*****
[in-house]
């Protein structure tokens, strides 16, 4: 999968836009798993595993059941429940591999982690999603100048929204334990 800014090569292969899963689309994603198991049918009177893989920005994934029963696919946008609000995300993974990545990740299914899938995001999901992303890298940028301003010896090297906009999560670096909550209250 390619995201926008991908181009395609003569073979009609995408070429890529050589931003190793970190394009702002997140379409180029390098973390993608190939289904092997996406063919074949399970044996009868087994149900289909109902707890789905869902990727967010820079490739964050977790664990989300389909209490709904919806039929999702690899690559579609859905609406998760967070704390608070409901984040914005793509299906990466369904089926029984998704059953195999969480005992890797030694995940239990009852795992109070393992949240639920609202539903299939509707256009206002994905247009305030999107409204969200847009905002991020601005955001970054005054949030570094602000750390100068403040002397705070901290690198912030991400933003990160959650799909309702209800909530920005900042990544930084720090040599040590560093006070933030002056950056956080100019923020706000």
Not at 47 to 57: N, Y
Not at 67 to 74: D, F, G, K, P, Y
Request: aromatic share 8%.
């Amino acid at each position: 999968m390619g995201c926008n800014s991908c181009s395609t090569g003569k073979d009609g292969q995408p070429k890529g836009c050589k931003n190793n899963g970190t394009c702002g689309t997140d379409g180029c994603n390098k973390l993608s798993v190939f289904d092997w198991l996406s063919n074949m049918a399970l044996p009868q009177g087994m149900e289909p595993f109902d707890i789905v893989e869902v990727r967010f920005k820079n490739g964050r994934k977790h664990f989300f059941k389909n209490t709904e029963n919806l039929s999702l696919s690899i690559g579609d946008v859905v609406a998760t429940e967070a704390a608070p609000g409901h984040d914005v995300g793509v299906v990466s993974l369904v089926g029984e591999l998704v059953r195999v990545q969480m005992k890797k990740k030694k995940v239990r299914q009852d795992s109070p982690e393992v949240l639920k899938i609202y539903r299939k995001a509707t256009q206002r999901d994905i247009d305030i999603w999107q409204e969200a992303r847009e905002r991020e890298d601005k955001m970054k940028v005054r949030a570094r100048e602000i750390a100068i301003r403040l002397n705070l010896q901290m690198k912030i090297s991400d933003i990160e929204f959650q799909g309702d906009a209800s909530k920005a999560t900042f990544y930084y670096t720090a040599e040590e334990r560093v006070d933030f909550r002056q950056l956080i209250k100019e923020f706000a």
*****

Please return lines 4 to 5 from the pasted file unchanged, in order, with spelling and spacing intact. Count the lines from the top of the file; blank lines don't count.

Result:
Not at 67 to 74: D, F, G, K, P, Y
Request: aromatic share 8%.